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Homeland Security Mounts Election Anti-Hacking Effort

The Department of Homeland Security is mounting the largest operation to secure a U.S. election, trying to prevent a repeat of Russia’s 2016 interference and to ward off new threats posed by Iran and China, the Washington Post reports. On Election Day, DHS’s Cybersecurity and Infrastructure Security Agency will launch a 24/7 virtual war room, to which election officials across the nation can dial in to share notes about suspicious activity and work together to respond. The agency will pass along classified information from intelligence agencies about efforts from adversaries seeking to undermine the election and advise states on how to protect against attacks. “I anticipate possibly thousands of local election officials coming in to share information in real time, to coordinate, to track down what’s real and what’s not, separate fact from fiction on the ground,” said Matt Masterson, DHS senior cybersecurity adviser.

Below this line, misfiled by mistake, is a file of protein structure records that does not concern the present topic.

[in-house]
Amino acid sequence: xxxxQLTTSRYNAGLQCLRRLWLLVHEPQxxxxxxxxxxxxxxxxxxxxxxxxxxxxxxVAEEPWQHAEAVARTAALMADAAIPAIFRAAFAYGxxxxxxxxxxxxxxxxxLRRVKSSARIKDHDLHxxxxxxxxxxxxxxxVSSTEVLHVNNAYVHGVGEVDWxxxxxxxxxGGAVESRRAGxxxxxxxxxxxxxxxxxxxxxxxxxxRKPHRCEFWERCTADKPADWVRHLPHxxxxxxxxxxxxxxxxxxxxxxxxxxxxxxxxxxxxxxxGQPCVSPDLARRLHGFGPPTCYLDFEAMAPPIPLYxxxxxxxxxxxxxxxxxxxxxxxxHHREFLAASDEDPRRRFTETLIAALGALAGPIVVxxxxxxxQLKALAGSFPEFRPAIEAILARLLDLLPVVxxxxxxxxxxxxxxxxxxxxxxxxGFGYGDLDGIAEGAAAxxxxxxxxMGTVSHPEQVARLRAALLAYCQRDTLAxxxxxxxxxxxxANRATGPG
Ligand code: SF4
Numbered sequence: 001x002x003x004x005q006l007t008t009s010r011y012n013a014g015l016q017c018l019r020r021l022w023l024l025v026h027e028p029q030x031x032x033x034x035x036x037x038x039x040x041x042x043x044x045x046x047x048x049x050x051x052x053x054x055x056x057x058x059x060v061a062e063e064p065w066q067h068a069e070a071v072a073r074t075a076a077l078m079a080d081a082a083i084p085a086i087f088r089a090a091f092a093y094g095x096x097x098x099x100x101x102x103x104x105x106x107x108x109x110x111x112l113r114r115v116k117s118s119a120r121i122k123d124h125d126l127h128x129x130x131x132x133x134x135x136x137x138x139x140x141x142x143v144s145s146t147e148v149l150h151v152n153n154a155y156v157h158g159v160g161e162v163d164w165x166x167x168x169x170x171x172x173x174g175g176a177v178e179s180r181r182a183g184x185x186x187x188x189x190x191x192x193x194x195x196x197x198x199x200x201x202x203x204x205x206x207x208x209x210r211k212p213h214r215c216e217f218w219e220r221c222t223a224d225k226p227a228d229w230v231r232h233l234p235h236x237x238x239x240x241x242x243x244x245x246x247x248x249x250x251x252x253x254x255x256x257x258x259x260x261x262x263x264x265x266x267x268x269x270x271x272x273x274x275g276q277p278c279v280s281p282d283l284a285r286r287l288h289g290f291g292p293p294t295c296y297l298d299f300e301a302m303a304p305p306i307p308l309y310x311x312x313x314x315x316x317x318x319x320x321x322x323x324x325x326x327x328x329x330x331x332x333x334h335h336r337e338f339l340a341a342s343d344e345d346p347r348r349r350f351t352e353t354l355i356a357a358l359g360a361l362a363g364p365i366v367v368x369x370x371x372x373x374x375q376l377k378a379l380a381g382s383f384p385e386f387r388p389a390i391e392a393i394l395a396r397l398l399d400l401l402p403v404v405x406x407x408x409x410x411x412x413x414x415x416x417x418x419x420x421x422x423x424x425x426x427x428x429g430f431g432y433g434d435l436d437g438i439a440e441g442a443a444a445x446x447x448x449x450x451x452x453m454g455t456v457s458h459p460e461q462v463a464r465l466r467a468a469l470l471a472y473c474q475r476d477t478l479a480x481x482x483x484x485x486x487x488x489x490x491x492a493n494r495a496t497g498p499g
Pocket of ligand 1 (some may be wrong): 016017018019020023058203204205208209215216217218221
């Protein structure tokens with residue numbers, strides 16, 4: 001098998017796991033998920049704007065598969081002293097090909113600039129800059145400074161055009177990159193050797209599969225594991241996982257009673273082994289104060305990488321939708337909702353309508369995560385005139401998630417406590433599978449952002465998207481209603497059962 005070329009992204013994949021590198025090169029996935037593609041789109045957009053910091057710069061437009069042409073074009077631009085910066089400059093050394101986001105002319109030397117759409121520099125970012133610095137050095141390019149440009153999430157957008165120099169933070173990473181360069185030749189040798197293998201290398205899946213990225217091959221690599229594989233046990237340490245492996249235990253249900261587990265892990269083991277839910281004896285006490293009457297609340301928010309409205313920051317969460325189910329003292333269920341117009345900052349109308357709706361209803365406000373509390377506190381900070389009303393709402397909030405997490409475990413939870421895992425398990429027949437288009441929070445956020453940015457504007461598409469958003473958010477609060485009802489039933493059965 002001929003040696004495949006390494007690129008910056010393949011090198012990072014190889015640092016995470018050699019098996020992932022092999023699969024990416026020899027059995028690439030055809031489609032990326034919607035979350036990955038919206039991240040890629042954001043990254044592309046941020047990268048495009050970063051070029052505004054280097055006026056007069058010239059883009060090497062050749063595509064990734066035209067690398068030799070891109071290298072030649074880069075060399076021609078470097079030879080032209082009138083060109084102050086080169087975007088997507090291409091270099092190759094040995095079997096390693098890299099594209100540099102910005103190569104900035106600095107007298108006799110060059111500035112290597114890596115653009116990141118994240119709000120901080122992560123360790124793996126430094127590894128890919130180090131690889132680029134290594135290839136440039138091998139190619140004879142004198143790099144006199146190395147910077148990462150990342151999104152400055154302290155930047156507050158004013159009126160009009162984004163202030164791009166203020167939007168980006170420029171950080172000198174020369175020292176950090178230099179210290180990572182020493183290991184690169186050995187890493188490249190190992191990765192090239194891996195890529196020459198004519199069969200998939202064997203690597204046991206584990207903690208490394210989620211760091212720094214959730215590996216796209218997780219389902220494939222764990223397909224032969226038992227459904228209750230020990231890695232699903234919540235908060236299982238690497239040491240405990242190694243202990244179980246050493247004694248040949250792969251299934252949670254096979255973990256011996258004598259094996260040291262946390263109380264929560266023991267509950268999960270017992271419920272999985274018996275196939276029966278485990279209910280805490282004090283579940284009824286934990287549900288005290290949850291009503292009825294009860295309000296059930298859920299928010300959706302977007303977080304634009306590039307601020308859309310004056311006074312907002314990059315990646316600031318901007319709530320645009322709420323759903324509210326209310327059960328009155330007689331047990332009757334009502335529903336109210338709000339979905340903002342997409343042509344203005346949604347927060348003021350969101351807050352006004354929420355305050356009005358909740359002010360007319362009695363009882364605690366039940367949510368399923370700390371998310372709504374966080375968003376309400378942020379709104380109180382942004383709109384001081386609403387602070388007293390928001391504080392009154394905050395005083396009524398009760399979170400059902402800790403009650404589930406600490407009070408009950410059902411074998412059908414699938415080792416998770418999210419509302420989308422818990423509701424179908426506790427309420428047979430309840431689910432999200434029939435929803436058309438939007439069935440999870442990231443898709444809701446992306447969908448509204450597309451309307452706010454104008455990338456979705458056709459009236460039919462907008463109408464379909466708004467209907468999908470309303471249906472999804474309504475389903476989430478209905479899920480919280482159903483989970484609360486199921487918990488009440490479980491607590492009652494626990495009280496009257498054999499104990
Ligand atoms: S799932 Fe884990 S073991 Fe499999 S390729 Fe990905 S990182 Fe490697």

The operation will run for days or weeks until winners are clear in most races — and potentially until the election is certified in December. “We’ll remain stood up until the [election] community tells us, ‘Okay, we’re good, you can stand down,’ ” Masterson said. The wide-ranging operation is the culmination of four years during which the agency has evolved to become the main federal government liaison to a nationwide system of election officials. The growth is notable because it has happened despite a lack of interest in election security from President Donald Trump. The agency has been aggressively responding to interference attempts for weeks already. As states brace for larger-scale attempts — including the possibility hackers may try to manipulate voter registration data or vote tallies, or otherwise prevent many people from casting ballots — the agency will convene dozens of officials from DHS, intelligence agencies, political parties, social media companies and voting machine vendors to orchestrate a government response.